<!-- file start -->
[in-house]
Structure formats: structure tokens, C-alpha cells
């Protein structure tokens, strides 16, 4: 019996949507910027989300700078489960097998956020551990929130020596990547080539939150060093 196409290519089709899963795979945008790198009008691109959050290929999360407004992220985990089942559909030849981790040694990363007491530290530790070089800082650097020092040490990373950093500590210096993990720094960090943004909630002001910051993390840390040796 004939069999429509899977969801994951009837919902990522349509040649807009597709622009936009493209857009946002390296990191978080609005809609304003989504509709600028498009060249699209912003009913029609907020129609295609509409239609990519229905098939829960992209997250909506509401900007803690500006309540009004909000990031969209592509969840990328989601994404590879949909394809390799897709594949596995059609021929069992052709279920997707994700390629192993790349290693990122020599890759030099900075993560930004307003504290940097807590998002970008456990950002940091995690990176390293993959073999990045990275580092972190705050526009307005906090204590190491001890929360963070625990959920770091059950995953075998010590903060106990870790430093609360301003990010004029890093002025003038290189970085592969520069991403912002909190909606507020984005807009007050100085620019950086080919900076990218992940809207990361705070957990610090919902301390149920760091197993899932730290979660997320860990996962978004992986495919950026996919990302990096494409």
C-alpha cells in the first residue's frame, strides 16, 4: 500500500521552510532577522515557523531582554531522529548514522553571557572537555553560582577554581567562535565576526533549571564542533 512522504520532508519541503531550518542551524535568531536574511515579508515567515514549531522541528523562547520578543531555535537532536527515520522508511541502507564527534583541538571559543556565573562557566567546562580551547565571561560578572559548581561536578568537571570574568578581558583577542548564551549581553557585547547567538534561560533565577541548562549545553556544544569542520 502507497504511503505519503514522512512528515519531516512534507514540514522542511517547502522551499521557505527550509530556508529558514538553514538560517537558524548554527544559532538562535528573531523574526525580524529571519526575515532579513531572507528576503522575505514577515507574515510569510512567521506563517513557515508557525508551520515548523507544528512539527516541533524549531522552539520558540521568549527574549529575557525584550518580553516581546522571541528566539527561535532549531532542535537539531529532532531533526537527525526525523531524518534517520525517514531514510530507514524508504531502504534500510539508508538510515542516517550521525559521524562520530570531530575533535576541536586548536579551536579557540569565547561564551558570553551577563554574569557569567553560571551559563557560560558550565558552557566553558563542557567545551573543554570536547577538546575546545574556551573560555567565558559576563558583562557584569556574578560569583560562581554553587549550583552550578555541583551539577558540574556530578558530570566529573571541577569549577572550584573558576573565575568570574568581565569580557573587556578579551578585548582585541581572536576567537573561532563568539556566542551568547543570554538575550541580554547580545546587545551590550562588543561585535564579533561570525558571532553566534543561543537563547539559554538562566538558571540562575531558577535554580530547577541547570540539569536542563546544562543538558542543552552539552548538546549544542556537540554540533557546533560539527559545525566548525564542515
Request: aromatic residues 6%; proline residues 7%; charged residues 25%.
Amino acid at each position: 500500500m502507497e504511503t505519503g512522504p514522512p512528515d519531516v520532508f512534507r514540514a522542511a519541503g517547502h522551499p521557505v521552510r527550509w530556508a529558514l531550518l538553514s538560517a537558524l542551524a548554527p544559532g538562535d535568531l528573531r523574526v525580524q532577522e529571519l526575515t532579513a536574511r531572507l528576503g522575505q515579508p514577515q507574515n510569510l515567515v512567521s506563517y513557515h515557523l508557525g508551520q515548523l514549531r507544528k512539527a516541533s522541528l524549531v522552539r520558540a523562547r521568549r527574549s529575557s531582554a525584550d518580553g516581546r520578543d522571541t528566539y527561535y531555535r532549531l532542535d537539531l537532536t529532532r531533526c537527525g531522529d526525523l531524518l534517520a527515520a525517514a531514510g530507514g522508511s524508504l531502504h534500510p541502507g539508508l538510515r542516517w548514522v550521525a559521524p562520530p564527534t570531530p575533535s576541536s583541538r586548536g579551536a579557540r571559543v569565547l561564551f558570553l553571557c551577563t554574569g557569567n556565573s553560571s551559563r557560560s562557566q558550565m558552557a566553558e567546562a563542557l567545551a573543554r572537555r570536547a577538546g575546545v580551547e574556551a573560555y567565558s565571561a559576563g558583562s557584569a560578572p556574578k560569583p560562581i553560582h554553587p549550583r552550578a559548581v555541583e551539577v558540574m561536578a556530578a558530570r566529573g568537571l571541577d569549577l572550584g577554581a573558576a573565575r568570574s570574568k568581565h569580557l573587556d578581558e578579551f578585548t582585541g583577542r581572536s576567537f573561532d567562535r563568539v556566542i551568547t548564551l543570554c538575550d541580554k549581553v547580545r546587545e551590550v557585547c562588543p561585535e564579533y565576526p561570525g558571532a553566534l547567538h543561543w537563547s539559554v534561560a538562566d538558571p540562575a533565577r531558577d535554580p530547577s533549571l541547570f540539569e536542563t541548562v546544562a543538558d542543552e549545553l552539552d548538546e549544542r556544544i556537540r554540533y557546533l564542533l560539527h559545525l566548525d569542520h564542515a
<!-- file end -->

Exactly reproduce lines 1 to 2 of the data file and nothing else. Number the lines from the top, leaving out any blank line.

[in-house]
Structure formats: structure tokens, C-alpha cells